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A simple pasta question

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Curious Chef Feb 1, 2011 03:56 AM

I always thought dough-proofing had to take approximately an hour, but on Food Network's show, Cook like an Iron Chef, Michal Simon actually used a food saver vacuum system to proof his pasta dough in less than a minute. Why? How? Picture me pasta-mazed!!!, Okay not a word. But can anyone add clarification?
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  1. thew RE: Curious Chef Feb 1, 2011 04:02 AM

    i saw that too, and was likewise amazed. i'm mostly posting this inane comment to make it easier to follow this thread

    1 Reply
    1. re: thew
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      Curious Chef RE: thew Feb 1, 2011 09:38 AM

      Thew,
      Hopefully we can get some answers!

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      ferret RE: Curious Chef Feb 1, 2011 05:23 AM

      I believe it speeds up moisture absorption in the flour.

      1 Reply
      1. re: ferret
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        Curious Chef RE: ferret Feb 1, 2011 09:38 AM

        Ferret,
        Hmmm..?
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        escondido123 RE: Curious Chef Feb 1, 2011 07:19 AM

        I think he also said it generated a little heat. Does that mean I should be leaving my pasta dough out rather than in the frig if I'm only letting it rest for an hour?

        1 Reply
        1. re: escondido123
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          Curious Chef RE: escondido123 Feb 1, 2011 09:37 AM

          Escondido123
          I usually let mine rest at room temp. or sitting on the stove, never tried the frig, only for pie dough.
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        2. JuniorBalloon RE: Curious Chef Feb 1, 2011 11:15 AM

          I have seen advice all over the place on this. Have read about the one hour rest. Jamie Oliver (I know, not italian) didn't rest it at all. Cooked it up almost imediately after kneading. I was originally told 30 mins and that's what I do.

          jb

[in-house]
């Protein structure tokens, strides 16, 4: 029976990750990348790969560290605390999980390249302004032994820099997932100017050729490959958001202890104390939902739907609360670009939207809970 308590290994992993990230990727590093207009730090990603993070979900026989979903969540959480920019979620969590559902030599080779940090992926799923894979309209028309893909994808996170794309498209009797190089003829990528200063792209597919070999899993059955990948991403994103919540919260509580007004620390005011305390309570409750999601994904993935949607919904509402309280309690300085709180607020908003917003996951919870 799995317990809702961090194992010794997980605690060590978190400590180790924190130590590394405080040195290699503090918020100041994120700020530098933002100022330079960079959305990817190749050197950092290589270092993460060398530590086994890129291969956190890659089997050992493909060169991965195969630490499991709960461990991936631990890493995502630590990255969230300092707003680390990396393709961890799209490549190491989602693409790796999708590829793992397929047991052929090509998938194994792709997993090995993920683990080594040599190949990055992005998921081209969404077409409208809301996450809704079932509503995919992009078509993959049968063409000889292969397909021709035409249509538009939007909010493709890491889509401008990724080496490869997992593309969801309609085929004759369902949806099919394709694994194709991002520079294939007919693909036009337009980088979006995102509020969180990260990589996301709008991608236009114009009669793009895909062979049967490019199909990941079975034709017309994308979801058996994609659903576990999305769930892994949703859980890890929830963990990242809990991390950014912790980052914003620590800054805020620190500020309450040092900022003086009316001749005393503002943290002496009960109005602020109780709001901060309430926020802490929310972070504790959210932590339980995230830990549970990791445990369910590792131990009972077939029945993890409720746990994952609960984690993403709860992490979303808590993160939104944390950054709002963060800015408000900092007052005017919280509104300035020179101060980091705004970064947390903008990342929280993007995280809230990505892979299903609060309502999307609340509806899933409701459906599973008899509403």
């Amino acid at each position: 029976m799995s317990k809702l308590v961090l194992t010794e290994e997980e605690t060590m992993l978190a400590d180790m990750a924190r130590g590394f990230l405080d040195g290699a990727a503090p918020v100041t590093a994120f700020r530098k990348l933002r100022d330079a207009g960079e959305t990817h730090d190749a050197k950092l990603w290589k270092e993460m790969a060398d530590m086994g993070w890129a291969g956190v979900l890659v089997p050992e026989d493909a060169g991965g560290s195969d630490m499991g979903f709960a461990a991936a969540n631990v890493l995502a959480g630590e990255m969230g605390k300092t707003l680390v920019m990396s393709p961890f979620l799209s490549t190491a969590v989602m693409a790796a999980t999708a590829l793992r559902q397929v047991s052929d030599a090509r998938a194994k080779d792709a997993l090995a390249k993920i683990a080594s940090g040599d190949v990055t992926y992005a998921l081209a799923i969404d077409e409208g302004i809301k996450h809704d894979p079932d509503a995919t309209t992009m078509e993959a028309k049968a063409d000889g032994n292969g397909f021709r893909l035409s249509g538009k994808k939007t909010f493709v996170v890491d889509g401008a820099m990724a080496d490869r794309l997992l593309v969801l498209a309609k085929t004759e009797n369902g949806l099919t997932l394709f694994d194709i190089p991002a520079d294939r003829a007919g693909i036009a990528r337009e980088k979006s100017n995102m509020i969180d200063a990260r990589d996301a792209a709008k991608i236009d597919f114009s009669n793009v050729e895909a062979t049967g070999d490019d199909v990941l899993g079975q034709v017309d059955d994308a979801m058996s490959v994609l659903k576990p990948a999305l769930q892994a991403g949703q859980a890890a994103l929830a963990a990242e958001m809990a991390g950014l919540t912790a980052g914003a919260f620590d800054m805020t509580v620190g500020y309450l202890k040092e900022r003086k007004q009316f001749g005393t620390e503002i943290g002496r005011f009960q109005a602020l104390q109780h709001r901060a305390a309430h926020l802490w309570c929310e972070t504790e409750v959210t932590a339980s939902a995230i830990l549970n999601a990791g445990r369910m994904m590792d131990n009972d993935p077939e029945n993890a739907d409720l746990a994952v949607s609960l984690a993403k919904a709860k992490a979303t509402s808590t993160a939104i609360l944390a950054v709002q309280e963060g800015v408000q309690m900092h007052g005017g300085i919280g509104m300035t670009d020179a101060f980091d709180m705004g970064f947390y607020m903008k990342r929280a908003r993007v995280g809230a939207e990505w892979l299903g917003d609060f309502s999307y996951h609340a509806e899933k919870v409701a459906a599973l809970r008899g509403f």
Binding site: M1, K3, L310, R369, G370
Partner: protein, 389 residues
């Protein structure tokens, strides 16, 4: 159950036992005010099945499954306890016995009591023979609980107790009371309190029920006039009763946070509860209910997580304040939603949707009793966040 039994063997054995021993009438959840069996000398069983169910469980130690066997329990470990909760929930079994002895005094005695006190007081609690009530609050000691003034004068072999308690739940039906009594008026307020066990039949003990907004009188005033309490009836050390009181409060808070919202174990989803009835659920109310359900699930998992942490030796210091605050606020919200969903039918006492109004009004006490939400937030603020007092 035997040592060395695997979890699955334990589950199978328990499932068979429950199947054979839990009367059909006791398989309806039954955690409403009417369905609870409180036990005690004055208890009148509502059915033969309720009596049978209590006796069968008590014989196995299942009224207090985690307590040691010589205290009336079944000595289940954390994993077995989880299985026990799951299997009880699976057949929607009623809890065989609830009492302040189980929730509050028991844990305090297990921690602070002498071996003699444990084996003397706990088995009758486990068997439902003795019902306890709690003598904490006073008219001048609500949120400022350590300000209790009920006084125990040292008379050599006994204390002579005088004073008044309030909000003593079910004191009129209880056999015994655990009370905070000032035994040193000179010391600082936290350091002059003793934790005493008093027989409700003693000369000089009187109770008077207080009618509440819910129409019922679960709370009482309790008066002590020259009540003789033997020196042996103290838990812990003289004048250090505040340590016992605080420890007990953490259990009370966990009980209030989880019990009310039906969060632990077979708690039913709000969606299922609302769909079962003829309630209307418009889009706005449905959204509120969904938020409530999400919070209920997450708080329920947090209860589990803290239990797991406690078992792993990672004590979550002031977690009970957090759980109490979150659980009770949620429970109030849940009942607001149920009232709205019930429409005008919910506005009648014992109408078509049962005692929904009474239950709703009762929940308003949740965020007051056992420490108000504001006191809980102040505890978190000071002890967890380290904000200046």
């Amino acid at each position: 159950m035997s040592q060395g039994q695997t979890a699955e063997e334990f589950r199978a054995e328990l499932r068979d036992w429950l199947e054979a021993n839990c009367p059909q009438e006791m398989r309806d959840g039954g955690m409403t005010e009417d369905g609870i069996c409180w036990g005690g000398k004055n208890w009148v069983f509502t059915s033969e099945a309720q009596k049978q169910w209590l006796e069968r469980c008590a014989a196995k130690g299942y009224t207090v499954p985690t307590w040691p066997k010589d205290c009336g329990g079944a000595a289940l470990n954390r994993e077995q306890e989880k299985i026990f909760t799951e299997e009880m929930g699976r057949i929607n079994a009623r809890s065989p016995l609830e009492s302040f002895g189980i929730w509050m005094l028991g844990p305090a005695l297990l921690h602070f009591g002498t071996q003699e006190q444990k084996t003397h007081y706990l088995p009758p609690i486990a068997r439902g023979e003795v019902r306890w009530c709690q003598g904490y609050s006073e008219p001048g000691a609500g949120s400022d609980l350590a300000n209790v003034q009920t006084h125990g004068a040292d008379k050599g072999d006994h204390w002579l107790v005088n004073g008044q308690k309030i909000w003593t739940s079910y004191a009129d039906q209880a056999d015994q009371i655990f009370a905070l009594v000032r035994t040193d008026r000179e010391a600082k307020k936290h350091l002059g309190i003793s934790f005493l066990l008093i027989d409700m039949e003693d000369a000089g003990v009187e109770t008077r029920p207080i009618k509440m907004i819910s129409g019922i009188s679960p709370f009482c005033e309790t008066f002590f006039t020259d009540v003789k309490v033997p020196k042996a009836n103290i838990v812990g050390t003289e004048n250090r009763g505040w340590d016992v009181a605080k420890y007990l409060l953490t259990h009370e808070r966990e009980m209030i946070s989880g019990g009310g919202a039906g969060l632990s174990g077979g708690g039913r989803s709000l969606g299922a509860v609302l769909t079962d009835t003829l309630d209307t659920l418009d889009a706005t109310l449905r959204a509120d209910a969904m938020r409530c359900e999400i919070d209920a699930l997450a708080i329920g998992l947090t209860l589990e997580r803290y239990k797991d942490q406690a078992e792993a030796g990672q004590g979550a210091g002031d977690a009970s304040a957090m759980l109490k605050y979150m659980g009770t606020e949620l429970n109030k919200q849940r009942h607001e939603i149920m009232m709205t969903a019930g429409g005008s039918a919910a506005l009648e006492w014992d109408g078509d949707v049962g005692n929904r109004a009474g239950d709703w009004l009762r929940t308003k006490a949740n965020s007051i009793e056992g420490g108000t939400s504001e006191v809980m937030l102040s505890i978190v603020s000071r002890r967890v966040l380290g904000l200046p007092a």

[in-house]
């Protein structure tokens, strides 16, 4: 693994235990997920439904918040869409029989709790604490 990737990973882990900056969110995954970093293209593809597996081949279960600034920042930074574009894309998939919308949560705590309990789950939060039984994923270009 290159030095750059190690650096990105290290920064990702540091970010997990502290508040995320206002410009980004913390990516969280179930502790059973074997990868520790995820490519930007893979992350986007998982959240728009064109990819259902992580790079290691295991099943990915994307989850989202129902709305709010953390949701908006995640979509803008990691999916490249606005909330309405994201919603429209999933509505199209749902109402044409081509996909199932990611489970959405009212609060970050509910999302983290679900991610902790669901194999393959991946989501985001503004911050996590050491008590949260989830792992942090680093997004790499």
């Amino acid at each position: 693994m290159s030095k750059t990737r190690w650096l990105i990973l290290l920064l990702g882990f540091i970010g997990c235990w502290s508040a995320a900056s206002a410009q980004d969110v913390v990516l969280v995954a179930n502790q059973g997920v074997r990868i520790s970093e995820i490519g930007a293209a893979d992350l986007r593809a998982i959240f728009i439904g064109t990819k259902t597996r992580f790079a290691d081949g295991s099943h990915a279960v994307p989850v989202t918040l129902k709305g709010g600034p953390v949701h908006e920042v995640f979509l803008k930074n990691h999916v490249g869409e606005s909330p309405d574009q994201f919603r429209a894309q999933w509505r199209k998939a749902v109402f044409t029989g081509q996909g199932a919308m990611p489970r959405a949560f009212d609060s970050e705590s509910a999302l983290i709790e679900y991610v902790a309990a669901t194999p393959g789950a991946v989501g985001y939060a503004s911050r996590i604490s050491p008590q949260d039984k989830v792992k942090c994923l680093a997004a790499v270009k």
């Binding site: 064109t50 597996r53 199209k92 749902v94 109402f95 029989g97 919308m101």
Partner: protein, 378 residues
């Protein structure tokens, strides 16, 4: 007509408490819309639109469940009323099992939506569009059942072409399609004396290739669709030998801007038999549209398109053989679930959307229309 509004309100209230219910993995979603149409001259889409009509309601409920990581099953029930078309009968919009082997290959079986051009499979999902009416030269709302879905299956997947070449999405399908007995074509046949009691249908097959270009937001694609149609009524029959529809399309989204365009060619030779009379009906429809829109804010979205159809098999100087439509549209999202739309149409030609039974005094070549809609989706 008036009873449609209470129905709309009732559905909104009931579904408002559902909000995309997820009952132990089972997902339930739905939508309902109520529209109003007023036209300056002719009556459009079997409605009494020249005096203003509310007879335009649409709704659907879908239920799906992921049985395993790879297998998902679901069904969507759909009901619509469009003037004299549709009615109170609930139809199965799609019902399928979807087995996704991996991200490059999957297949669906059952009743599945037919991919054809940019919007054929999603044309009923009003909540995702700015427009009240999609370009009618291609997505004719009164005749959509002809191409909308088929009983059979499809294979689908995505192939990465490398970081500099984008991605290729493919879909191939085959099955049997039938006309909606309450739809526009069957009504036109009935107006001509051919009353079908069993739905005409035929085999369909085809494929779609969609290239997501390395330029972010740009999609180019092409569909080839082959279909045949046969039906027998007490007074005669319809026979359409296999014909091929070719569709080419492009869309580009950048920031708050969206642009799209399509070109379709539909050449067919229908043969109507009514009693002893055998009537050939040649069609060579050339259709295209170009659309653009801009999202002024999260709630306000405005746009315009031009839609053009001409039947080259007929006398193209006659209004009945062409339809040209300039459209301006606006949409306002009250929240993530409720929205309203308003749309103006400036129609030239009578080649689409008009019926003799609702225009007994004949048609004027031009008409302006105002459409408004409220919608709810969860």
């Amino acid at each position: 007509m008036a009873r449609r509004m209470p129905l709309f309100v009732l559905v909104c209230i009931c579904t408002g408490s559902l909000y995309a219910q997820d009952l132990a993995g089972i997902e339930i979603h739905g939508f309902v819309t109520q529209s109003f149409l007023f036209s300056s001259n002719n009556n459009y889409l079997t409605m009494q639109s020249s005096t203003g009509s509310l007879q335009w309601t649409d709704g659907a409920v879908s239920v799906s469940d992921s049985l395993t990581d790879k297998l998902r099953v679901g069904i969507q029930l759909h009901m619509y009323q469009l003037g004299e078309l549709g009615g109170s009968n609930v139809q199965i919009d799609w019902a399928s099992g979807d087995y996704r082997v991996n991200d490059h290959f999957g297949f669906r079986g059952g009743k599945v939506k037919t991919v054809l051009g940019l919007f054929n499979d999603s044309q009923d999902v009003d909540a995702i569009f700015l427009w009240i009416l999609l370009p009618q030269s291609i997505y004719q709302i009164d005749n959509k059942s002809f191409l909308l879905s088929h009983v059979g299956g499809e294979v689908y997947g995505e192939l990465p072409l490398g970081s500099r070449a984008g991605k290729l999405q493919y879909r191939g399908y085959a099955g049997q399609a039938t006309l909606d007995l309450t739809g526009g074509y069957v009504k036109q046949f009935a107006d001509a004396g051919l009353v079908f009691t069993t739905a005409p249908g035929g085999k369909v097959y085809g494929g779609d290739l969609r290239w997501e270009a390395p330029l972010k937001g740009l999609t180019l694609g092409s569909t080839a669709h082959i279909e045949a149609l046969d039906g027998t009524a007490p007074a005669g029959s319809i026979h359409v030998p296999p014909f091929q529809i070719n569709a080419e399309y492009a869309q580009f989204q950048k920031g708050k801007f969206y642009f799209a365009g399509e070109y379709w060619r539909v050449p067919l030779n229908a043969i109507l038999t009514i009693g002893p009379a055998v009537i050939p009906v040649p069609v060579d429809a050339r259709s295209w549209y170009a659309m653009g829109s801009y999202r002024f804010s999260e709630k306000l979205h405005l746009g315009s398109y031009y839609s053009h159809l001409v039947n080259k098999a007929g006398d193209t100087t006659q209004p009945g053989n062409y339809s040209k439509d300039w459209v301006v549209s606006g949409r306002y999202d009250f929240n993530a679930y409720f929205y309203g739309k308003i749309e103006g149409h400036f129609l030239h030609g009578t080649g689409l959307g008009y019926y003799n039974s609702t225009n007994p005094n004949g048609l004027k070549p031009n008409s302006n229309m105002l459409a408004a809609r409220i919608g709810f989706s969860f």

3 Replies
          1. re: JuniorBalloon
            roxlet RE: JuniorBalloon Feb 1, 2011 12:37 PM

            I had to laugh last night at a No Reservations Tuscany episode where AB makes Jamie Oliver's riff on pasta carbonara for a bunch of Tuscans who recoil in horror at the meatballs that were served with the pasta. Mentioning JO reminded me about it.

            1. re: roxlet
              JuniorBalloon RE: roxlet Feb 1, 2011 01:39 PM

              Ha ha! I watched the begining of that episode. Love Tuscany, hate that episode. I also have the Jamie Oliver cookbook with that recipe and have made it that way. It's really not bad. Just not for the pure at heart.

              jb

            2. re: JuniorBalloon
              chefathome RE: JuniorBalloon Feb 1, 2011 12:40 PM

              Most of my culinary books advise to let it rest 20-30 minutes. I don't think I've ever let it rest longer than 30...

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              jaykayen RE: Curious Chef Feb 1, 2011 12:42 PM

              You do not need to rest your pasta dough for an hour. You need the gluten to relax.

              Proofing is for bread.

              2 Replies
              1. re: jaykayen
                chefathome RE: jaykayen Feb 1, 2011 12:58 PM

                Exactly!!

                1. re: jaykayen
                  Will Owen RE: jaykayen Feb 1, 2011 03:43 PM

                  My pa-in-law's instructions, when he gave me my Atlas machine, was wrap the dough in Saran Wrap and let it sit on the counter for twenty minutes or more. And that was with the rather coarse semolina he'd given me with it. It did take about six trips through the rollers, set at full-open, before that stuff began acting like dough …

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                  escondido123 RE: Curious Chef Feb 1, 2011 01:32 PM

                  Sometimes I make it in the morning to roll out that night. Then I put it in the frig until I come home. Does no harm I assume.

                  1. babette feasts RE: Curious Chef Feb 1, 2011 08:37 PM

                    I can't tell you how it works, but the line cooks do it where I work and it seems effective.

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